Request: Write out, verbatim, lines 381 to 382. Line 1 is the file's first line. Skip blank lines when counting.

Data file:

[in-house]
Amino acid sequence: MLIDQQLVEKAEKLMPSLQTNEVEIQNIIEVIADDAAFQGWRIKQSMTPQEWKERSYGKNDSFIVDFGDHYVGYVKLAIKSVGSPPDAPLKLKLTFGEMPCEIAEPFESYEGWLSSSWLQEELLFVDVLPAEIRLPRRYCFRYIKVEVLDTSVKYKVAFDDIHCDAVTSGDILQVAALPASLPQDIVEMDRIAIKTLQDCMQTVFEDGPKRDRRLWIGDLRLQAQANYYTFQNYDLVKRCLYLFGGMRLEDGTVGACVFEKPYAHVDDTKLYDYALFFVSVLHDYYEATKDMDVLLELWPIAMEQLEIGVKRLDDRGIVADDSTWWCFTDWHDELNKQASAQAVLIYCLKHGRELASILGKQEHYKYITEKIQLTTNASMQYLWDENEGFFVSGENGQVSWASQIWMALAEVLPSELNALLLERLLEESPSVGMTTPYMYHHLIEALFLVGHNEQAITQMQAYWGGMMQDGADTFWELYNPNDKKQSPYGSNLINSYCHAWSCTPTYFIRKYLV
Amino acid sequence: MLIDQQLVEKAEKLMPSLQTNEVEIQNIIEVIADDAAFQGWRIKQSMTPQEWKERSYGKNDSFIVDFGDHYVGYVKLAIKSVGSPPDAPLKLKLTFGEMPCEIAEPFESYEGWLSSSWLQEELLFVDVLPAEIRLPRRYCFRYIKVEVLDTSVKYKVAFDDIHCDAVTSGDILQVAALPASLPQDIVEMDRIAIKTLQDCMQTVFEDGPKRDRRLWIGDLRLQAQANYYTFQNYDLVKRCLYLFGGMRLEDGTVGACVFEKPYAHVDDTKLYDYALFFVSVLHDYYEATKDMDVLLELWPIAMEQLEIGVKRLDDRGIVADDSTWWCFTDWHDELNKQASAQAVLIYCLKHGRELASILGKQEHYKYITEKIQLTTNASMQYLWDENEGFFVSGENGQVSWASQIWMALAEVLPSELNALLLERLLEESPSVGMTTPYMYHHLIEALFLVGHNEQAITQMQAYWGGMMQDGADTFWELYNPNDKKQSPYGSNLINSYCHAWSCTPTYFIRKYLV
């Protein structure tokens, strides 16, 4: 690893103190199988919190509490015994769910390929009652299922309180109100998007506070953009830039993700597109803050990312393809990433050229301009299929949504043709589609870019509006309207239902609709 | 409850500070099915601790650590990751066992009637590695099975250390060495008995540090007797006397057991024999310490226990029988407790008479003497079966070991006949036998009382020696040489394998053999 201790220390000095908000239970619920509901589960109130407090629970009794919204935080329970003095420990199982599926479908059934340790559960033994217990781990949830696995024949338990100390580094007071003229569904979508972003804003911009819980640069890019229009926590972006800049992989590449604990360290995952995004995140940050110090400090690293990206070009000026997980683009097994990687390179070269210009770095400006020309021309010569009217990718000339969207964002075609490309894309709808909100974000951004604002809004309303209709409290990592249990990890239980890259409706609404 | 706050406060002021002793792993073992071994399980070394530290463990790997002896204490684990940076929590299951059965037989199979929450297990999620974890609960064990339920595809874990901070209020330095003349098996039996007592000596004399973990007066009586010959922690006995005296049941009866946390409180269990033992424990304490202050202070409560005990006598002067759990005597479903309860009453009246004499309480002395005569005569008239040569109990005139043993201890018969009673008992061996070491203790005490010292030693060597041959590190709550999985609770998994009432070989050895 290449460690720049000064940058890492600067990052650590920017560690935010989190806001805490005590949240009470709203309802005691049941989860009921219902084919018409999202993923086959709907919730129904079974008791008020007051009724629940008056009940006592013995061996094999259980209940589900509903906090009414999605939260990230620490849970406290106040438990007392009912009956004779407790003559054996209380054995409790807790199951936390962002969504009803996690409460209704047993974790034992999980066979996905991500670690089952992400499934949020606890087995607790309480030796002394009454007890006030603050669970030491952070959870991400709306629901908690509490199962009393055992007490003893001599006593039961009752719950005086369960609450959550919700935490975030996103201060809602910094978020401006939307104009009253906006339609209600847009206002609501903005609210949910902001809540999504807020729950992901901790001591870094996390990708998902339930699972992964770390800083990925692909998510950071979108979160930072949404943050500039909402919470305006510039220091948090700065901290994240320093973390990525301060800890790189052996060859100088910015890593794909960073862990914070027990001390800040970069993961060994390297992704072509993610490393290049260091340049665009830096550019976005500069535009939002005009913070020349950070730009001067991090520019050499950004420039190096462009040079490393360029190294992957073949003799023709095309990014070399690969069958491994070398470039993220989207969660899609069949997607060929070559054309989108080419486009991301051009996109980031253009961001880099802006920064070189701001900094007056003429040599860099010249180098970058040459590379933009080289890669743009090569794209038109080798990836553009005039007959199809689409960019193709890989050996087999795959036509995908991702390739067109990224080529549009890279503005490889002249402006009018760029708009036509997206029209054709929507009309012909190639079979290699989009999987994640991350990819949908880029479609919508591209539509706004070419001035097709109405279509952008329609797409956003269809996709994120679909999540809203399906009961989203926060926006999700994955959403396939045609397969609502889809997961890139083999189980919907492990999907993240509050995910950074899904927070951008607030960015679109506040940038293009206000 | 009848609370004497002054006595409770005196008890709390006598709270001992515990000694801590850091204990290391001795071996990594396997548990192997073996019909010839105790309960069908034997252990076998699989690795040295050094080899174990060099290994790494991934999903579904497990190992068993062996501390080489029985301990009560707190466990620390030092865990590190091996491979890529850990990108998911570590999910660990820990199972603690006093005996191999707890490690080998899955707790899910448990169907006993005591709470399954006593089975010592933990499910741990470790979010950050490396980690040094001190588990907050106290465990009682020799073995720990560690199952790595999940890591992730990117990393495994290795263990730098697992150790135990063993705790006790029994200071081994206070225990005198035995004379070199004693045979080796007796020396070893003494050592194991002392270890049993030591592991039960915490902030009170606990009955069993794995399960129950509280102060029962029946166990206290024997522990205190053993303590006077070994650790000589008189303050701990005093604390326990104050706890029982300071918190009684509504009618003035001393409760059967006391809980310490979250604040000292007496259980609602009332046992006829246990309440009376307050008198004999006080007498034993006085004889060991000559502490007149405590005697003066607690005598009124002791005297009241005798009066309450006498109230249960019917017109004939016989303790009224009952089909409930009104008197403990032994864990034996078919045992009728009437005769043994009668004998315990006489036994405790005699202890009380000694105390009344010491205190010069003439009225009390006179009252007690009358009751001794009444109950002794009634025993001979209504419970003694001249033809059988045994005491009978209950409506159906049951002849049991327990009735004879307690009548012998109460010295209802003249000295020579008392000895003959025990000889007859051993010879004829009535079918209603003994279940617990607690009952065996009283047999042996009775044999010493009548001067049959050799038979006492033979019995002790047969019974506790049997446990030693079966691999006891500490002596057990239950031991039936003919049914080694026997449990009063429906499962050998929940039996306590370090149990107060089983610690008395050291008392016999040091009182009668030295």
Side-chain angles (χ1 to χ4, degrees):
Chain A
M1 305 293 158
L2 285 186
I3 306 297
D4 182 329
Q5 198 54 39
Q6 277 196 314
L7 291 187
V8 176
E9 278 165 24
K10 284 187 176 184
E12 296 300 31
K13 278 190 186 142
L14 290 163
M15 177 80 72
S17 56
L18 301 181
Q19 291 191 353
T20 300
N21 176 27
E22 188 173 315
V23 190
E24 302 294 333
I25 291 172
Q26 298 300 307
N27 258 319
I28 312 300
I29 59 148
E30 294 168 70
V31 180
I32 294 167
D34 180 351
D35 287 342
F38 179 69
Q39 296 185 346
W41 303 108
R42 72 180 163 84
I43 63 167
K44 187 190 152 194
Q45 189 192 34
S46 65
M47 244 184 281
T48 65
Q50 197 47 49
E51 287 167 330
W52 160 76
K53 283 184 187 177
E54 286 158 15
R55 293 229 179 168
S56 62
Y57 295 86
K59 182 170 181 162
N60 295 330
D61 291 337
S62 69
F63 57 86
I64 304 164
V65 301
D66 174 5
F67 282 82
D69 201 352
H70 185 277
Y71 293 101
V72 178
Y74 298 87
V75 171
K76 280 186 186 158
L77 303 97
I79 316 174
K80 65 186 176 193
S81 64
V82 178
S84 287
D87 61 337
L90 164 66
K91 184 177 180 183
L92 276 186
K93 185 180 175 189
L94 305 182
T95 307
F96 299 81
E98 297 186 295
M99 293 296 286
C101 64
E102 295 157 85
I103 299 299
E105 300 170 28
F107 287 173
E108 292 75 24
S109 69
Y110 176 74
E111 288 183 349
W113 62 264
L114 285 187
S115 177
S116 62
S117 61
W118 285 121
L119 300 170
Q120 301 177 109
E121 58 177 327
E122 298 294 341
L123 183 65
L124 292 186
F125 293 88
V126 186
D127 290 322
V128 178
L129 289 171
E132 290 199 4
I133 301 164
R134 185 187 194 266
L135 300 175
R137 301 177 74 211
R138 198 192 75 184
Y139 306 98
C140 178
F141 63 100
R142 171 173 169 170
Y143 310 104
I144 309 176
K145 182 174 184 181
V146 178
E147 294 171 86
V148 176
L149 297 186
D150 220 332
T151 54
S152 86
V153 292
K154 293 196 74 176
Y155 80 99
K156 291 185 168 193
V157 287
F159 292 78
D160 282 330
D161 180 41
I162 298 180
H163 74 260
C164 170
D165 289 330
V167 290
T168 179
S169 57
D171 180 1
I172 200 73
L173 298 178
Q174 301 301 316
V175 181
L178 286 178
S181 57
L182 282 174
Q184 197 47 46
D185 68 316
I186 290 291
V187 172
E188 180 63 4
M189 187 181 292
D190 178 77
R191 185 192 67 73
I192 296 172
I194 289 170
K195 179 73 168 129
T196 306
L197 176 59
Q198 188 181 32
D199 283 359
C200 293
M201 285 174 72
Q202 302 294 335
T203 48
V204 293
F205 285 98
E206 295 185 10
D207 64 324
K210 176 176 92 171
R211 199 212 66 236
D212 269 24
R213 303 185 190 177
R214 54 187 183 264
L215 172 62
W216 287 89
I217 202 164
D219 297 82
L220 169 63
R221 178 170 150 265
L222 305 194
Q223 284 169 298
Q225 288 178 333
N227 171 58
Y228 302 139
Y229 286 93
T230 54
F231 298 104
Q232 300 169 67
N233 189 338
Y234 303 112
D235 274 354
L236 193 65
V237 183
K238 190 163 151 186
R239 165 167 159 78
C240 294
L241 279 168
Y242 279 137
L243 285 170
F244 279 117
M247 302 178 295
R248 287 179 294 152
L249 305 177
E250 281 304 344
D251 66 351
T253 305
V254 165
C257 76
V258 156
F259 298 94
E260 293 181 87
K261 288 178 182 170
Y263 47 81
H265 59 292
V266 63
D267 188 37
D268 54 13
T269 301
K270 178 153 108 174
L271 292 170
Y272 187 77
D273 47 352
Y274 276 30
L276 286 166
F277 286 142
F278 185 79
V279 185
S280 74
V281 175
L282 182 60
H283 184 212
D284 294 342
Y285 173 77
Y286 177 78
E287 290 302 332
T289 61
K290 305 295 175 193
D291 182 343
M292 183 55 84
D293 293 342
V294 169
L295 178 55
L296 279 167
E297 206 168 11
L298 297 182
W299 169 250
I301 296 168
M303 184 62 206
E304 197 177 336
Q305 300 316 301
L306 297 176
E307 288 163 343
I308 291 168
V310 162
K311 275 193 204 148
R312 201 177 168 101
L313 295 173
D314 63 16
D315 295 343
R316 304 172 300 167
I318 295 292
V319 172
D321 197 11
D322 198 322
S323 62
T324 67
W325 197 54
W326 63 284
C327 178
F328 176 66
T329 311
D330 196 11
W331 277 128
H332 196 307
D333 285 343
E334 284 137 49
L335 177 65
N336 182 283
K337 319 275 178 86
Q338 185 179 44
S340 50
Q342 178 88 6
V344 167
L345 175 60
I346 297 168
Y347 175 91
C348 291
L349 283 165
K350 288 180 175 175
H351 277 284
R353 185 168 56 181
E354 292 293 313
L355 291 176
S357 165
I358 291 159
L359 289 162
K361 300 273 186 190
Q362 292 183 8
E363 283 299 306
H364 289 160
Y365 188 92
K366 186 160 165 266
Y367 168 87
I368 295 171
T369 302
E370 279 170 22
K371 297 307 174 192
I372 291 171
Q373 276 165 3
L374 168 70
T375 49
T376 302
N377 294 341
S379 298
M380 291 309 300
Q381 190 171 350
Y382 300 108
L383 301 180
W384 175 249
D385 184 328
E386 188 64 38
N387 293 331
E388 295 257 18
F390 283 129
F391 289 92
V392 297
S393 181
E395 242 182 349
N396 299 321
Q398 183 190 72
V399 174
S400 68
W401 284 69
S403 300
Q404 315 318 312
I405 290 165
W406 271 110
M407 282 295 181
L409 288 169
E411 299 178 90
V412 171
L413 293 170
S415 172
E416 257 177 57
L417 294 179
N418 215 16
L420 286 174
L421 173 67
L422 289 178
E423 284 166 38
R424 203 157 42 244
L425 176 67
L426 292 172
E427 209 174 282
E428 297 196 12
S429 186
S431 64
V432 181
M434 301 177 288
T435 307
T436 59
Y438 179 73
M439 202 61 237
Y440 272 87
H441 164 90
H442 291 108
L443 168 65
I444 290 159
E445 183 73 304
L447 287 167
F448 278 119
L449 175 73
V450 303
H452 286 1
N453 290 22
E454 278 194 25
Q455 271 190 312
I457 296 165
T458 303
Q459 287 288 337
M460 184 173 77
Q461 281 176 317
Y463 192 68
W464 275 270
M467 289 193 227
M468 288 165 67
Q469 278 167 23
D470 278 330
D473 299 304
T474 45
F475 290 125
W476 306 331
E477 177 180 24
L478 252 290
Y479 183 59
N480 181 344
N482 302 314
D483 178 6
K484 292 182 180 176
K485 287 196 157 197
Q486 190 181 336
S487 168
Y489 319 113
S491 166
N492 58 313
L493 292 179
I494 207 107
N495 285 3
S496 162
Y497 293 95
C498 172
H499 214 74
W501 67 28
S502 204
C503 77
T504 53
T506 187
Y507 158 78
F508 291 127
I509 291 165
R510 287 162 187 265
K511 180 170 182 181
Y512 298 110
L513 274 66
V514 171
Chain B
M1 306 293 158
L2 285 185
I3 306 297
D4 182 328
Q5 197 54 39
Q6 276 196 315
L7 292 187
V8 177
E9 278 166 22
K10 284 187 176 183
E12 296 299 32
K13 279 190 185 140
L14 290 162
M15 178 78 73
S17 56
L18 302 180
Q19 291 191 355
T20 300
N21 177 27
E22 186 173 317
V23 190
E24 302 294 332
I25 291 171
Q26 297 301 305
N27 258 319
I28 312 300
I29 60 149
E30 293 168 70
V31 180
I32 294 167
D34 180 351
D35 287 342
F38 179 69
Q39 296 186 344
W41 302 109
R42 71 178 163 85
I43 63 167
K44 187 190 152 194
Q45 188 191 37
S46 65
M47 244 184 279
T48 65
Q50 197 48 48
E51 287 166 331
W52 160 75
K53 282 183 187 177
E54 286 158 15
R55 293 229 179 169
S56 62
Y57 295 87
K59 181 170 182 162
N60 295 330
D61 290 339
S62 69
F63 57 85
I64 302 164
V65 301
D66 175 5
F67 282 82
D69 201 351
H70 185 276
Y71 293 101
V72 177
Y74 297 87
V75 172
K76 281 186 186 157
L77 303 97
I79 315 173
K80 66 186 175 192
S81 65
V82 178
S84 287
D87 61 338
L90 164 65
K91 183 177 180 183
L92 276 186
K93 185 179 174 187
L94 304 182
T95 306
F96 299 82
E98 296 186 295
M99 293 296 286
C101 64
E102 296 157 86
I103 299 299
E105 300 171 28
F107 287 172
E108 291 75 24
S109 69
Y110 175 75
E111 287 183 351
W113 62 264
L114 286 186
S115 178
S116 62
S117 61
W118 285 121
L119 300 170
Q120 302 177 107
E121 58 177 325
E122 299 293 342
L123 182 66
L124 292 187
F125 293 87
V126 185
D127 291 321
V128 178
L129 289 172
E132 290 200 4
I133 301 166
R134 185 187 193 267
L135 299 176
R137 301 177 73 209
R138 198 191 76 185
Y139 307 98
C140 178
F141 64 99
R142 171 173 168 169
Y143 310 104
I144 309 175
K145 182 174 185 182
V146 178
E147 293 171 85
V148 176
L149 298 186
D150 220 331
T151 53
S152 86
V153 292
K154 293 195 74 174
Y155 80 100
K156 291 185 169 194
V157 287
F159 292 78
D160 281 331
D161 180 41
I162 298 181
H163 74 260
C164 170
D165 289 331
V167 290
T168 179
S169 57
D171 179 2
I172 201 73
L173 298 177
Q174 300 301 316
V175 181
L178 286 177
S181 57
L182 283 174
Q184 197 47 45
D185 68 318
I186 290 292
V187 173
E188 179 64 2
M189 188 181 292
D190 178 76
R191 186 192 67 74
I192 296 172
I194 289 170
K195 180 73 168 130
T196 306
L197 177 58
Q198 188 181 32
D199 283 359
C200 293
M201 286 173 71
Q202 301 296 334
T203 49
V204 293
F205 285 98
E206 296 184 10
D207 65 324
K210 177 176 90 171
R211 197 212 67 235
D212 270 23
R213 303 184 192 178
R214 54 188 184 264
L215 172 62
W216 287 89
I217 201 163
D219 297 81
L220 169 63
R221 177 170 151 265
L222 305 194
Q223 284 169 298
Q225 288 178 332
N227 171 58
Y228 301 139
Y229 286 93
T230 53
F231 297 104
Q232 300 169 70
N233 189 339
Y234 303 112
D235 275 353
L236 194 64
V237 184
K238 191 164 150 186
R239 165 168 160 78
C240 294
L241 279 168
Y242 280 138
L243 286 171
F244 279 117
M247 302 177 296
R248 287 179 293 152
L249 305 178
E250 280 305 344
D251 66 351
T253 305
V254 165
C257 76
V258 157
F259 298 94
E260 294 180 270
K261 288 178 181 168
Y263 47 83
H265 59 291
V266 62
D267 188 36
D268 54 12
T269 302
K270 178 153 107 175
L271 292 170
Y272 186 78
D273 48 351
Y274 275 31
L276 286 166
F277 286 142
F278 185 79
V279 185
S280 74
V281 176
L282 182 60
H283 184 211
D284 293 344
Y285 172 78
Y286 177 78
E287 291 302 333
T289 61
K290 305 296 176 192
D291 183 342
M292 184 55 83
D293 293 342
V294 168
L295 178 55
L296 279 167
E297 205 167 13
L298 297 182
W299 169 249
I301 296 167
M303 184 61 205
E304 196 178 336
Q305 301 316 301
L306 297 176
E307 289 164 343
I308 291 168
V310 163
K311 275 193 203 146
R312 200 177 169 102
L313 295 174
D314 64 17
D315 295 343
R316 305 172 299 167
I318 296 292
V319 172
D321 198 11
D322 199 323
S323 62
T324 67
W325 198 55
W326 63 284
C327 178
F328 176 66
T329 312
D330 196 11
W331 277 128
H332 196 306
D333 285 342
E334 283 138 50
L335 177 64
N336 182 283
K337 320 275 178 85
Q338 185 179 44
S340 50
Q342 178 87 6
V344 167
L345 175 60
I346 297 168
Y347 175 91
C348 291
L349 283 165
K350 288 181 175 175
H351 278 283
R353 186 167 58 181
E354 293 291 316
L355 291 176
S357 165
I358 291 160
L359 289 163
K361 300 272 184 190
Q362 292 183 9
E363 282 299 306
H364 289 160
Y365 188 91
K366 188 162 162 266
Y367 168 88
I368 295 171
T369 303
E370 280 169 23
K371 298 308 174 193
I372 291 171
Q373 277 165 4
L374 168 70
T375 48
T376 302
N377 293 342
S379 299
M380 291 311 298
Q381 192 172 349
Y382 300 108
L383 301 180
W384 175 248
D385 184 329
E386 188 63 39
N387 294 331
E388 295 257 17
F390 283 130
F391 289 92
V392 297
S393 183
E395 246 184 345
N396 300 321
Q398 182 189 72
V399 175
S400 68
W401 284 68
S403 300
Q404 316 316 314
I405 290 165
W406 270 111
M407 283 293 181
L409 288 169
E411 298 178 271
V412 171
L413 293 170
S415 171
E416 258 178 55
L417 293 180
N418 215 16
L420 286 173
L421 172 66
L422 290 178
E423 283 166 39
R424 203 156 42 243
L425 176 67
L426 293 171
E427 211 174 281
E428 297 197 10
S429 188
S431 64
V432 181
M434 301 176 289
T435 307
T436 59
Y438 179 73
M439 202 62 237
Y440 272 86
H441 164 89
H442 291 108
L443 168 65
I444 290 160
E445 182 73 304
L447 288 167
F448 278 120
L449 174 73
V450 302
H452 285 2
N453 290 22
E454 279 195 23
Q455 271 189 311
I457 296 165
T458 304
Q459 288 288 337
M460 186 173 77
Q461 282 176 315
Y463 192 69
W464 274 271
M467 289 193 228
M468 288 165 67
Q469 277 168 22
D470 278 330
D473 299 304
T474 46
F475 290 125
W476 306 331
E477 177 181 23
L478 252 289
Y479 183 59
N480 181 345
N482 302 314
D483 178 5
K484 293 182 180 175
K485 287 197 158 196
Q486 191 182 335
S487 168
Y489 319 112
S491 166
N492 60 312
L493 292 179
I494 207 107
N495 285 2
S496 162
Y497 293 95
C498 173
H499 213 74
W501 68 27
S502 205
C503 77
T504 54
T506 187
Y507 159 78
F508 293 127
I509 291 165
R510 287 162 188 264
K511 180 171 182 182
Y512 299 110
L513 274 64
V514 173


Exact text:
E445 183 73 304
L447 287 167